After both hearing what Chase has to say about his upbringing, as well as spending four years down in New Orleans myself, it is abundantly clear how what he is saying is true. The fact that you grow up fast in New Orleans makes a lot of sense. It is not surprising in the least that someone from New Orleans may have matured quicker than someone from a remote suburb, and it’s cool that Chase cites that as a big advantage. However, Chase admits that growing up in New Orleans was not without pitfalls. Perhaps the most moving section of our conversation was when he opened up about Hurricane Katrina.

In his words,“Where I lived we were extremely lucky. My house was not flooded. But with that being said, like the roof blew off my house. So like the entire second floor of my house was destroyed. I would say that the toughest part that I remember was, kind of the initial reaction of my parents and then kind of like that six-month span where no one could come back to the city. We evacuated to a Memphis, Tennessee for the first part. And you know, I guess one thing that I think is missed on people is that when you live in New Orleans… for the first eight summers of my life, every summer we had to evacuate two or three times. And that’s just kind of how it is. And so, you know, in that time period, not one of those storms really did any damage. So it’s kind of like you get in this mindset of right, all right, like this is dumb, we’re evacuating whatever. And so like, you know, when we were evacuated, there was no like thought in my mind (that it would be this bad).”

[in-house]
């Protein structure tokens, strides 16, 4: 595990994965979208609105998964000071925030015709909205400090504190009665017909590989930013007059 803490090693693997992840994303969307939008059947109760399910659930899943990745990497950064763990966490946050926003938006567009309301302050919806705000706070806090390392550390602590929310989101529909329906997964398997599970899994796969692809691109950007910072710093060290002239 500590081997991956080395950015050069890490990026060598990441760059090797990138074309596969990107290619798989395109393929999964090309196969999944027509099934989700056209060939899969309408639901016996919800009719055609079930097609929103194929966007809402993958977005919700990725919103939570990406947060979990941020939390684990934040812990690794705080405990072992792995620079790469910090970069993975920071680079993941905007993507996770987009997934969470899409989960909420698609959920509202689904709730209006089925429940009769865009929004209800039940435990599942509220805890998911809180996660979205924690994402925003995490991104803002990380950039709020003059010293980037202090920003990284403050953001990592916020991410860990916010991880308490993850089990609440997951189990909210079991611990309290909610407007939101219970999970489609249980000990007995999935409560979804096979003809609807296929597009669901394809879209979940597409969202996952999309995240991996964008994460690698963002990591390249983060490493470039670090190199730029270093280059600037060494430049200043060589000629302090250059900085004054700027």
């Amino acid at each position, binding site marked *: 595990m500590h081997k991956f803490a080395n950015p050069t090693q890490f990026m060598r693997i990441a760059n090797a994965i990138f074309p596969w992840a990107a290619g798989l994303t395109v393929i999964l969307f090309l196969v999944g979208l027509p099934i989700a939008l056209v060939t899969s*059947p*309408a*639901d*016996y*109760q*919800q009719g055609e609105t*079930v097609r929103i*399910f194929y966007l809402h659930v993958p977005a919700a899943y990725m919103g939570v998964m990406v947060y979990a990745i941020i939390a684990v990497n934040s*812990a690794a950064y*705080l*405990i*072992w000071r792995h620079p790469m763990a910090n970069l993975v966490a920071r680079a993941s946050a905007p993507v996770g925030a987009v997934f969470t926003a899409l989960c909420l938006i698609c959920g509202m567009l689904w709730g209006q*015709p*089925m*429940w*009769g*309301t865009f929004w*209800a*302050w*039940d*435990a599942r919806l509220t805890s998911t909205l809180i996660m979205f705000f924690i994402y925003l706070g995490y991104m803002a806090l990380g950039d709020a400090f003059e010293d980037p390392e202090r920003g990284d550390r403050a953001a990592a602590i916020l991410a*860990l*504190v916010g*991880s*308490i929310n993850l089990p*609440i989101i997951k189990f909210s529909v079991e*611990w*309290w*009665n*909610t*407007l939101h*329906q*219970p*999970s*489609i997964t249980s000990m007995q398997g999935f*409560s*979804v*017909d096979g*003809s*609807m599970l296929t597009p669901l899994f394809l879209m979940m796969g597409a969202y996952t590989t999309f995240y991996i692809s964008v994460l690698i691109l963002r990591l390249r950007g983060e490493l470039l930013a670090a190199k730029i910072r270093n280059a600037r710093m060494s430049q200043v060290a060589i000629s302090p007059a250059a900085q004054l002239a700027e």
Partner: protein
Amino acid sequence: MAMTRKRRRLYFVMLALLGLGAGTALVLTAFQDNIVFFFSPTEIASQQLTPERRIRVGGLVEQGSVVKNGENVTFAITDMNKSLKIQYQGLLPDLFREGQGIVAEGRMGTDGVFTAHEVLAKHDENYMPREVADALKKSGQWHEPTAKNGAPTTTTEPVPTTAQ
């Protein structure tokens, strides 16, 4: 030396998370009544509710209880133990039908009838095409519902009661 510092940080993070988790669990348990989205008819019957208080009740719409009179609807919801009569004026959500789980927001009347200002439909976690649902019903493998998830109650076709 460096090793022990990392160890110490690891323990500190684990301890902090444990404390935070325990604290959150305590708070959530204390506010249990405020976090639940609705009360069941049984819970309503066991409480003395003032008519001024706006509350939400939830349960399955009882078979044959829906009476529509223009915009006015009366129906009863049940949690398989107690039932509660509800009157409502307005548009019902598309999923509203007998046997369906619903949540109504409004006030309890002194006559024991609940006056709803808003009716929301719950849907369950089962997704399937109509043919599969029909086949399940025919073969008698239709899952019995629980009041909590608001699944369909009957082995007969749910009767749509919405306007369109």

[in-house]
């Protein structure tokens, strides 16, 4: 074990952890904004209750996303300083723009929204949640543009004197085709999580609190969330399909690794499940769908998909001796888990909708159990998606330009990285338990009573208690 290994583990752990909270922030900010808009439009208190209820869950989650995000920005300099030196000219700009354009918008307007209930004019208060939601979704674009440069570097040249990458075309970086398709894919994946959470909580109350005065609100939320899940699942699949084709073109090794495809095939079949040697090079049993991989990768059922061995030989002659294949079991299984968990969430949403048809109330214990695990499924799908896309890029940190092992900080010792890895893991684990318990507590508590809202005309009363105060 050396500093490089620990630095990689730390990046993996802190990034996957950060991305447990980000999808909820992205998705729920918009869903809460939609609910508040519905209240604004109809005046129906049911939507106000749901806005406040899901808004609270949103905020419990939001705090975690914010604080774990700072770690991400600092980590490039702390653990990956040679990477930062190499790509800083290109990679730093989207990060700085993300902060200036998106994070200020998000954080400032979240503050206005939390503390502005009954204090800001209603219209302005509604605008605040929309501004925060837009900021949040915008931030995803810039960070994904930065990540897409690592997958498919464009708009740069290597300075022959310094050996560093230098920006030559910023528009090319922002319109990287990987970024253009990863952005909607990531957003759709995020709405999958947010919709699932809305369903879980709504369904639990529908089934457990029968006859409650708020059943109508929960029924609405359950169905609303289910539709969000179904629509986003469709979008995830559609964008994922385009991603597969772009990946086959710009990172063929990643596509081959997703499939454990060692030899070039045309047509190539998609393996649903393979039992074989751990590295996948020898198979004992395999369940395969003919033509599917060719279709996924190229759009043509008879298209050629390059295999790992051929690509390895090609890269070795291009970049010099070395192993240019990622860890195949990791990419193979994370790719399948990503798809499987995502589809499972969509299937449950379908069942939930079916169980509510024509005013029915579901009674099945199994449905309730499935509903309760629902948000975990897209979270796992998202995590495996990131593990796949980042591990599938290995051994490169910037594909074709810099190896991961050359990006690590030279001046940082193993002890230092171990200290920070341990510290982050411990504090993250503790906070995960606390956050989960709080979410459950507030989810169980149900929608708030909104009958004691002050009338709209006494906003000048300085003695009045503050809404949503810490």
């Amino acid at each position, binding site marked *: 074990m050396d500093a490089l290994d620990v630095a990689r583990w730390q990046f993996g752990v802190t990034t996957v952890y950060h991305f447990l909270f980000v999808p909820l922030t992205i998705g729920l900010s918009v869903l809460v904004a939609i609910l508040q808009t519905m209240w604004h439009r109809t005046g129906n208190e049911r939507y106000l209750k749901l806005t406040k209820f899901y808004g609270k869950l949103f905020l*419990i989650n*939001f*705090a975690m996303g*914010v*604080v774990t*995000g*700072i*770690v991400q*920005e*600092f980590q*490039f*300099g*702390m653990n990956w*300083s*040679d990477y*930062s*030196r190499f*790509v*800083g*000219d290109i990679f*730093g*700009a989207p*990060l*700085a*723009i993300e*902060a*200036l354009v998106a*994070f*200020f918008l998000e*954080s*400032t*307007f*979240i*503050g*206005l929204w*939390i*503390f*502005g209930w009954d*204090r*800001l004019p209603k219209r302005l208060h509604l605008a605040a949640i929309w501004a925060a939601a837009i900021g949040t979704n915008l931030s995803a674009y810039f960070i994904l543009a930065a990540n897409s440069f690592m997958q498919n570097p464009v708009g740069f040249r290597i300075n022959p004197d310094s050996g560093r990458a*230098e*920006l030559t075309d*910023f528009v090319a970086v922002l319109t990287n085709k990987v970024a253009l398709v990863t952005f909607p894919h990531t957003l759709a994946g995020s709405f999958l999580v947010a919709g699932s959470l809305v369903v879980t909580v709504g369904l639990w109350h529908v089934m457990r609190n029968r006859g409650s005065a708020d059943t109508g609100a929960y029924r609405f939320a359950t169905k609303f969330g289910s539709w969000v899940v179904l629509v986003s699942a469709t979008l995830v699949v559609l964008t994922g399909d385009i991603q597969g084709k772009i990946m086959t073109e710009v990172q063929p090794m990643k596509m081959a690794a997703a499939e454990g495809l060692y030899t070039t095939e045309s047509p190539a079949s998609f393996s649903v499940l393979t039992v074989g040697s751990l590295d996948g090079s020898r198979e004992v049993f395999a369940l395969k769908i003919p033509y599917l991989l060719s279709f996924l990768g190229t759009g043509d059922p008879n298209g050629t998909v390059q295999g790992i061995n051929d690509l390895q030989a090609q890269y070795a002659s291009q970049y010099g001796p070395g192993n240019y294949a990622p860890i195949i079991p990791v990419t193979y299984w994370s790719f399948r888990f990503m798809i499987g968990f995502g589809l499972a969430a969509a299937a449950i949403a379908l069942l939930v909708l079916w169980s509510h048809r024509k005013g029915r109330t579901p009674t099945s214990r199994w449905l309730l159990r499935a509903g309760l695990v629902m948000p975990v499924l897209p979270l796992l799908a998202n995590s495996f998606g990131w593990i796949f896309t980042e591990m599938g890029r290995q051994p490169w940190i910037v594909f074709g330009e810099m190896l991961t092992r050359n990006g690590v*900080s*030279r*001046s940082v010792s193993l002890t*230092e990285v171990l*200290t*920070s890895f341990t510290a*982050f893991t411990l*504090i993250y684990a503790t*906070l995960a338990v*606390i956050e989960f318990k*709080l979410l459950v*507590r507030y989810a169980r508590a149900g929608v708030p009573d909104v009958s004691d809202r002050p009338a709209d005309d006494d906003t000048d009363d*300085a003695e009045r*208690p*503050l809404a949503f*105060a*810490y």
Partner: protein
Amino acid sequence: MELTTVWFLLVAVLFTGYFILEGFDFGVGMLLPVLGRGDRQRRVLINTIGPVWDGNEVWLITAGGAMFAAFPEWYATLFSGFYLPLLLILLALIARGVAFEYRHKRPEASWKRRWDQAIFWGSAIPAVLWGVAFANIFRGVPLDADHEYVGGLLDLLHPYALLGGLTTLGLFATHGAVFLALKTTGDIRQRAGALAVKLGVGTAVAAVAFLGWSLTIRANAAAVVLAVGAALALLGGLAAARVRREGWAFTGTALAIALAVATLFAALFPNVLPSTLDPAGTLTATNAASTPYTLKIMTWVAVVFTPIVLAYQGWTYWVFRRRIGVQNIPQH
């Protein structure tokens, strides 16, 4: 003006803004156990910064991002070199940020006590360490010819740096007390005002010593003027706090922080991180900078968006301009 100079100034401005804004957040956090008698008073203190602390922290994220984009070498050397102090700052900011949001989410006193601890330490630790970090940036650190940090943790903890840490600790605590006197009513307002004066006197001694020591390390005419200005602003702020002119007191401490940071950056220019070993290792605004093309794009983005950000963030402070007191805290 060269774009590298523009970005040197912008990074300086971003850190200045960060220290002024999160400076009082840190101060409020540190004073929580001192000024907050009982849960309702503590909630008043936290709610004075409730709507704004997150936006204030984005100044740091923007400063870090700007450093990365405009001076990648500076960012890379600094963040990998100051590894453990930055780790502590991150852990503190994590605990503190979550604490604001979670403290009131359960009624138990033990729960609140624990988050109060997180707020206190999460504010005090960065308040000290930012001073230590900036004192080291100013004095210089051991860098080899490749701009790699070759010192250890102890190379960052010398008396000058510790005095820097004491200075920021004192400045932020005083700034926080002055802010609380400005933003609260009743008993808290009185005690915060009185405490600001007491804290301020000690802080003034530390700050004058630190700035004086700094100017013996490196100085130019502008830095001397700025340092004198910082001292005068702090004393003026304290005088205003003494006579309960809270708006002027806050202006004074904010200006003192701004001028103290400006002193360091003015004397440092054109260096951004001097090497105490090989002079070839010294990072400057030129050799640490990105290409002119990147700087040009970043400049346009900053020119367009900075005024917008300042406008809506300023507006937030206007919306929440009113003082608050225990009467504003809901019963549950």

Chase went to bed thinking everything was fine. However, when he woke up he realized this storm was different:

“Both my mom and dad are bawling, crying in bed and they just said the levees broke. And so like that was just crazy. And then, you know, so that was kind of a point where we were like, wow, like this is the real deal. Yeah. And so still like, you know, for like a couple of weeks went by, like we, we moved to a different hotel or whatever, and, um, you know, we were still like, all right, like, you know, I guess we’ll be back soon and whatever. But these doomsday people were basically saying that, you know, we’re not sure New Orleans is going to come back. And so much uncertainty in your life obviously from my parents and for me was pretty brutal.”

Hearing about his experience with Katrina firsthand really makes it real. It’s remarkable to hear about the kind of things people went through at a time where I was simply a child too. Perhaps the craziest part was when he opened up about when he finally returned to New Orleans:

“When we first came back, um, I think the most, uh, most vivid memory I have is, um, I don’t know if anyone’s familiar with this, but when you were driving, when we were driving into the city, um, there was like little orange paint they put on the houses like orange spray paint. They would put like a number and like an extra zero. And like that would be based on like how many people are dead in that property.”

The gruesome nature that the city had to take post Katrina only reaffirms Chase’s previous point of how fast one grows up in New Orleans. Katrina was certainly a maturing experience for any child who had to live through, and it was a privilege to hear about it firsthand.